This pocket of green is like some­thing time for­got, and it is where you will find one of only two places in the world where Coco de Mer grow – the other be­ing Curieuse Is­land. These tall skinny palms grow the big­gest nuts in the world – they can weigh up to 30 kilo­grams – and their un­usual shape can be seen depicted in just about ev­ery­thing – even the pass­port stamp when you en­ter the coun­try. The Coco de Mer are just one of six palms that you will not find any­where else in the world. We take the long­est of the three sign­posted walks around the re­serve and can­not be­lieve the size of the palm fronds – they are ab­so­lutely mas­sive.

From Praslin it is a short hop to our first stop, Curieuse, where we splash ashore and I fall in love with ET and his

159 tor­toise friends that are mon­i­tored and looked af­ter by rangers on this un­in­hab­ited for­mer leper colony. The con­ser­va­tion pro­gram is vi­tal, es­pe­cially as 25 of 28 ba­bies were stolen from the is­land in July 2016. More have been born since, and hope­fully the species will be nursed back to a safe num­ber.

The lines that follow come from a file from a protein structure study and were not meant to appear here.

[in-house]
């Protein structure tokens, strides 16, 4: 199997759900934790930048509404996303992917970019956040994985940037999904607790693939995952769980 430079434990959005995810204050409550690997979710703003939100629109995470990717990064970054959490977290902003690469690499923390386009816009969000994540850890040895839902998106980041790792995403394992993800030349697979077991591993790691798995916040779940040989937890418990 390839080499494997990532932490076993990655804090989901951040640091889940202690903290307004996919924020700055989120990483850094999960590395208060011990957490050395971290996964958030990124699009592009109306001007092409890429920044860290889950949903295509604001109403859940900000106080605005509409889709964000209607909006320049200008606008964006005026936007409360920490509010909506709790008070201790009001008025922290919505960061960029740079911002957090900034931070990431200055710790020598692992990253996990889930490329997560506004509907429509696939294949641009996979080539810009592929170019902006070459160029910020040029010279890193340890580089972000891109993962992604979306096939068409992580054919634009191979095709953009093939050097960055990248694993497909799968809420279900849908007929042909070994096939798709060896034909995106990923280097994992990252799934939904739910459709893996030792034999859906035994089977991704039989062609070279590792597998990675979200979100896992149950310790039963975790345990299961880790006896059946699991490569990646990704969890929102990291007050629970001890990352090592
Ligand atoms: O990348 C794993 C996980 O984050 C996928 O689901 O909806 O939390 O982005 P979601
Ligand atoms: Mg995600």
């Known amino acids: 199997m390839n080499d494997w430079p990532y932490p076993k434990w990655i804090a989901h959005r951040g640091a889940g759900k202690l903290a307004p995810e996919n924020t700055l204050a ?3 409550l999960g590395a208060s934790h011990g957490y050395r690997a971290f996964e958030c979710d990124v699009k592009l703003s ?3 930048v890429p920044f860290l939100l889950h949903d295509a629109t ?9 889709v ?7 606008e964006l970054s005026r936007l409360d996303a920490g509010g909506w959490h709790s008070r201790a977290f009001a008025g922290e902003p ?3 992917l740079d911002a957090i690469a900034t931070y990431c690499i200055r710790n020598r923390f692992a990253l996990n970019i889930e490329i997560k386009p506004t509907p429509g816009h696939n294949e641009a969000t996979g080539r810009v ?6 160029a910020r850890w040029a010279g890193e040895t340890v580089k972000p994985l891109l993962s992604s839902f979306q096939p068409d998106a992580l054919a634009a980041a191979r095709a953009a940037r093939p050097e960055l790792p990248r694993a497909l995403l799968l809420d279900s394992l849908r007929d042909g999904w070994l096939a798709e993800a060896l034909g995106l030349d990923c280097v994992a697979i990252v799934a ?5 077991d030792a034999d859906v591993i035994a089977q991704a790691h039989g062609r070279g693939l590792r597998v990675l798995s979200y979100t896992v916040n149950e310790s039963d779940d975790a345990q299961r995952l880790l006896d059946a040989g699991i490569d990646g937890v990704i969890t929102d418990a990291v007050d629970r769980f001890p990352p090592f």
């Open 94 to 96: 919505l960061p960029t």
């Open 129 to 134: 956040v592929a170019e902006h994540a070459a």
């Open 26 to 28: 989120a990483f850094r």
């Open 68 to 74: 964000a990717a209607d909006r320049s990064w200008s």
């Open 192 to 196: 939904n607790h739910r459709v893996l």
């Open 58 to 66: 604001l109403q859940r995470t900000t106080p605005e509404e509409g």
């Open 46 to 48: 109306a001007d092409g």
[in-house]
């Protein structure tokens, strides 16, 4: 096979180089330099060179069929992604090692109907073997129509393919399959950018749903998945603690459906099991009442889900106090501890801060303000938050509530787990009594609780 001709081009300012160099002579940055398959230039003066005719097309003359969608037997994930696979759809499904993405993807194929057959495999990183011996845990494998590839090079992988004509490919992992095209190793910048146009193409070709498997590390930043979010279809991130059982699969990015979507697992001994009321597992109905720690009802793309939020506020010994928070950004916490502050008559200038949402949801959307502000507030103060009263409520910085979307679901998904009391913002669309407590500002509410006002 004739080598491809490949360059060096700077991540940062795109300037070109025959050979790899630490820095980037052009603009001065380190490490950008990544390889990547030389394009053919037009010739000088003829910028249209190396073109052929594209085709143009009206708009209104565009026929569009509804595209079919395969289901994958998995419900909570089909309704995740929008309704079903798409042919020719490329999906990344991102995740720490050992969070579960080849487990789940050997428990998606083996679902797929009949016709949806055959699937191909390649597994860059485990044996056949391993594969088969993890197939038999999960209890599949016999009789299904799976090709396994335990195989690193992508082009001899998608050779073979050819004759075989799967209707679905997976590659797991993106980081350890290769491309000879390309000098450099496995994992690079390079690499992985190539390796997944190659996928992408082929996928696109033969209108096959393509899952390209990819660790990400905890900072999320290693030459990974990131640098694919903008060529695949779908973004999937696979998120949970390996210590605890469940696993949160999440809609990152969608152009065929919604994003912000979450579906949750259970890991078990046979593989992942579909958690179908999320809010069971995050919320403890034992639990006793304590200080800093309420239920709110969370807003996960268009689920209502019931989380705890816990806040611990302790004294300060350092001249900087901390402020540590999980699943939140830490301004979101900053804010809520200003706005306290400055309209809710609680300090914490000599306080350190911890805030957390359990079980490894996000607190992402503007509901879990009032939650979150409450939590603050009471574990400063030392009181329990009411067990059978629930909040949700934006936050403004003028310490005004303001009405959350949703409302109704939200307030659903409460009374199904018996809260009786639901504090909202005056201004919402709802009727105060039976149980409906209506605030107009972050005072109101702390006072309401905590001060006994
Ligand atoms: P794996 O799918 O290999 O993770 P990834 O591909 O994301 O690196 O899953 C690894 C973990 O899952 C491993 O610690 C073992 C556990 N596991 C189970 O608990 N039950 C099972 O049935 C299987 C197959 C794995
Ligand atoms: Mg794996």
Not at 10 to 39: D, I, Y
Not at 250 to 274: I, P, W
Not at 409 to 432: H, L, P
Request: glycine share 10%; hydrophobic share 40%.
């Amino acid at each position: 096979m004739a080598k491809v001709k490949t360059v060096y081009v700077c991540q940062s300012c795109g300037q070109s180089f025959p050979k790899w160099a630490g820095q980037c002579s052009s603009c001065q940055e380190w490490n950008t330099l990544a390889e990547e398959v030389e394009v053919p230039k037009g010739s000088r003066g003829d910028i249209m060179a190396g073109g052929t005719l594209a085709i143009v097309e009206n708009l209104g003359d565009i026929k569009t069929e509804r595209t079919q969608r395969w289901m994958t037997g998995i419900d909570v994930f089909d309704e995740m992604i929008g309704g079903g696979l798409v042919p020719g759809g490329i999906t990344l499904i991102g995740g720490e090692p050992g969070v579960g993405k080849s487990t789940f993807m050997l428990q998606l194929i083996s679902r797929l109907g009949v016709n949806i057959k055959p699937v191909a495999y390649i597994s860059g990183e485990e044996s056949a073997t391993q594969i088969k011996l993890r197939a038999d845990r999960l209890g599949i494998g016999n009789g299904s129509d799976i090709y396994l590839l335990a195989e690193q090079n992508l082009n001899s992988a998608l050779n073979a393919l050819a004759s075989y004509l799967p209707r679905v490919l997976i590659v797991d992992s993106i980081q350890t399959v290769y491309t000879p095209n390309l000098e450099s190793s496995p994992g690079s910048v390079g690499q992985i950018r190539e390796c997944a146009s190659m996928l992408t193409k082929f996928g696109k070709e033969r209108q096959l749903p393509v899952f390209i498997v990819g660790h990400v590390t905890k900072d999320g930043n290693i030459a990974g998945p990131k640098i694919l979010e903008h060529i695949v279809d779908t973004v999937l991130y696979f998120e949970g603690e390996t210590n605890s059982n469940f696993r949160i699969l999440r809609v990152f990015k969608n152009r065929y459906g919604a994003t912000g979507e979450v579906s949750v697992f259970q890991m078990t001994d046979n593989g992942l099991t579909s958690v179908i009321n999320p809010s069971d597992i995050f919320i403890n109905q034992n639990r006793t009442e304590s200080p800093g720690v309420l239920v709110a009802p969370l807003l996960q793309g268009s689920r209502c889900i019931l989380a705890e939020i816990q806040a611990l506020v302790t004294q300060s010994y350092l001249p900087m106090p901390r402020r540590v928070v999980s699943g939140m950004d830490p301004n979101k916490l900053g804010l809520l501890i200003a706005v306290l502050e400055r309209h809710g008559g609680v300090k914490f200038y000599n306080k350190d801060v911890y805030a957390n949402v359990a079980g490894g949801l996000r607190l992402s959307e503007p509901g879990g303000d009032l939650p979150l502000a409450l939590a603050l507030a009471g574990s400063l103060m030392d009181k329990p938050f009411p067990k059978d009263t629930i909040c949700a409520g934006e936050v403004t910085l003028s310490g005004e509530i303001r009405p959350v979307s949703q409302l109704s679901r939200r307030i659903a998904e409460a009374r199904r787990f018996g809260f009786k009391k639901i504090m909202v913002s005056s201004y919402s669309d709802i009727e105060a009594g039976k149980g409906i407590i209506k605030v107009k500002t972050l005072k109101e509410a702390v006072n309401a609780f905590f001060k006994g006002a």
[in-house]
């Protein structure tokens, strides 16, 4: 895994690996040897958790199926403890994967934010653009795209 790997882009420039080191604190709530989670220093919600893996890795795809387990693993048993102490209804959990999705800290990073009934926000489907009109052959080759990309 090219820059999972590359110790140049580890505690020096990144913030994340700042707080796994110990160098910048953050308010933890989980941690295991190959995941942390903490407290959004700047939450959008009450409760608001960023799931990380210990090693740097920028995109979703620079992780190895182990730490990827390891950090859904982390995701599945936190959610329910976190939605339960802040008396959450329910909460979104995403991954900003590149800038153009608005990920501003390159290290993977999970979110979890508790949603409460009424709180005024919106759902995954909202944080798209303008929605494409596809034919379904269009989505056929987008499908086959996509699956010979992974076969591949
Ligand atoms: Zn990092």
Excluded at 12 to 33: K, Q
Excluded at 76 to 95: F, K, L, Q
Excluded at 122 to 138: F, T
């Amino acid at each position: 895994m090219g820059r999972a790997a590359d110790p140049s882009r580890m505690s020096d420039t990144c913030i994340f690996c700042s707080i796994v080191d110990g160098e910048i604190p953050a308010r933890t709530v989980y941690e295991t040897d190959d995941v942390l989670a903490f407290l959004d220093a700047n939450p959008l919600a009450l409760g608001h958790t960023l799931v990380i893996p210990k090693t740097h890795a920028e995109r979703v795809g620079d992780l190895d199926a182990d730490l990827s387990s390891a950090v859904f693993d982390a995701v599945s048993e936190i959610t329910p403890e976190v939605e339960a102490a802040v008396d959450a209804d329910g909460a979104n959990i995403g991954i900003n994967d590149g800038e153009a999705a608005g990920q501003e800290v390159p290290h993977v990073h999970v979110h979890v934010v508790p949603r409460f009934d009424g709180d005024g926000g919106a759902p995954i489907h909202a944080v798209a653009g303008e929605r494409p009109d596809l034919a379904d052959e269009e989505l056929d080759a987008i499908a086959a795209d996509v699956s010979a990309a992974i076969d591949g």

An idyl­lic af­ter­noon an­chored off Félic­ité Is­land fol­lows, the pri­vate do­main of the brand new Six Senses Zil Pasyon. We de­vour a won­der­ful lunch at the Ocean Kitchen – a no meat res­tau­rant, swim in the pool, laze by the pool, hang in the ham­mocks at the bar and sit on the tram­po­line seats over­look­ing the beach. We ab­so­lutely love the am­bi­ence of this five-star re­sort that will un­doubt­edly clean up in the var­i­ous ho­tel awards this year. The staff are so wel­com­ing to yachts – not all the ho­tels are, and with its fan­tas­tic snorkelling and in­cred­i­bly beau­ti­ful lo­ca­tion, it should be put on any yacht char­ter itin­er­ary in per­ma­nent marker.